Luger knocked Perfect out afterwards and left. Perfect recovered a short time later and stood up to a loud ovation. After realizing what happened, he became angry and ran to the back to confront Luger. The cameras followed him backstage, and Perfect set his sights on Luger who was talking to Shawn Michaels with his back turned. Perfect ambushed Luger (and pushed Michaels out of the way) and took it to him on the floor. Michaels interrupted and fought for the upper hand on Perfect until security split them up. Entertaining!


Match #7 – The Undertaker (with Paul Bearer) vs. Giant Gonzalez (with Harvey Wippleman)

The Giant Gonzales garnered little reaction; one child looked worried though. The bodysuit was supremely distracting. Did they need to include the arse crack on there? Why did they dress him in that? Was he just a tall guy with a flabby body? Was they trying to create the illusion of strength? At least it was easy to forget during The Undertaker’s entrance. He arrived on the top of a sedan carried by several bodybuilders, accompanied by Paul Bearer, a druid, and the flesh-eating vulture. Best .. Entrance .. Ever.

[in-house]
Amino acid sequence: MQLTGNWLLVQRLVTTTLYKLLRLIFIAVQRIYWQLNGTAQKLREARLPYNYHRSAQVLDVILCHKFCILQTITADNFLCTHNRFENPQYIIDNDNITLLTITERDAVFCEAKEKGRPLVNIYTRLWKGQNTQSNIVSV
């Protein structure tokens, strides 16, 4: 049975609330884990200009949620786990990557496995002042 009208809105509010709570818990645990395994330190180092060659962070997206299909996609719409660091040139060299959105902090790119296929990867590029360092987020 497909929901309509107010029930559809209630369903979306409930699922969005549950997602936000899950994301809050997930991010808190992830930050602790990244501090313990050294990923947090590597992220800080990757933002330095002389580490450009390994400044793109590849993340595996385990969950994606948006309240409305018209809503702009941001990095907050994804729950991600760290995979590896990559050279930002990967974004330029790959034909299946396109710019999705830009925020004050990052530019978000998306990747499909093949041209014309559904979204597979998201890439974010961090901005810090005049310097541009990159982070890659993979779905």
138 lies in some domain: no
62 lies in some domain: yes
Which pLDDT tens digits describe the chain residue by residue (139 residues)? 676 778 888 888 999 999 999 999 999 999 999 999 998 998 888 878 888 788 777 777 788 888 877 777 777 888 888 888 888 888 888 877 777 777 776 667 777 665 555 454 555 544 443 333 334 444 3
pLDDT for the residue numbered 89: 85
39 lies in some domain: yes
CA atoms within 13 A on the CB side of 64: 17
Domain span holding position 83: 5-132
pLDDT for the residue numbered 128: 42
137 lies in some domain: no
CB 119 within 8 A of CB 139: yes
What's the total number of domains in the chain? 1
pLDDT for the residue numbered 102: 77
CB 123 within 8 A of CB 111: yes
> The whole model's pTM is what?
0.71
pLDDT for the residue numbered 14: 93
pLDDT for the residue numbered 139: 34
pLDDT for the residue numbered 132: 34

And then it went downhill. The Undertaker looked tiny compared to Gonzales, but he was able to move like an athlete while Gonzales hobbled around like The Great Khali. As I started to enjoy the fight, Wippleman gave Gonzales a chloroform-soaked rag, which he used on The Undertaker in front of the referee. Now it seemed obvious Gonzales never intended on winning the match, he wanted to show The Undertaker was human, but the match was so short it’s not like Gonzales was frustrated by The Undertaker’s resilience. It just kinda happened randomly, and that’s what sucked. Gonzales soaked in the heat from the crowd as he taunted them over The Undertaker’s unconscious body.

Referees and agents rushed down to ringside to lift The Undertaker on to a stretcher, and Gonzales started attacking the referees. They lifted The Undertaker on the stretcher and carted him out. Gonzales continued to taunt the fans for a while, until The Undertaker’s music hit once more, and The Undertaker returned with his eyes rolled back, and a face of thunder. I didn’t care about the match anymore, all I wanted was the annihilation of Giant Gonzales. The Undertaker slayed the monster, and was announced the winner by disqualification. (3-0)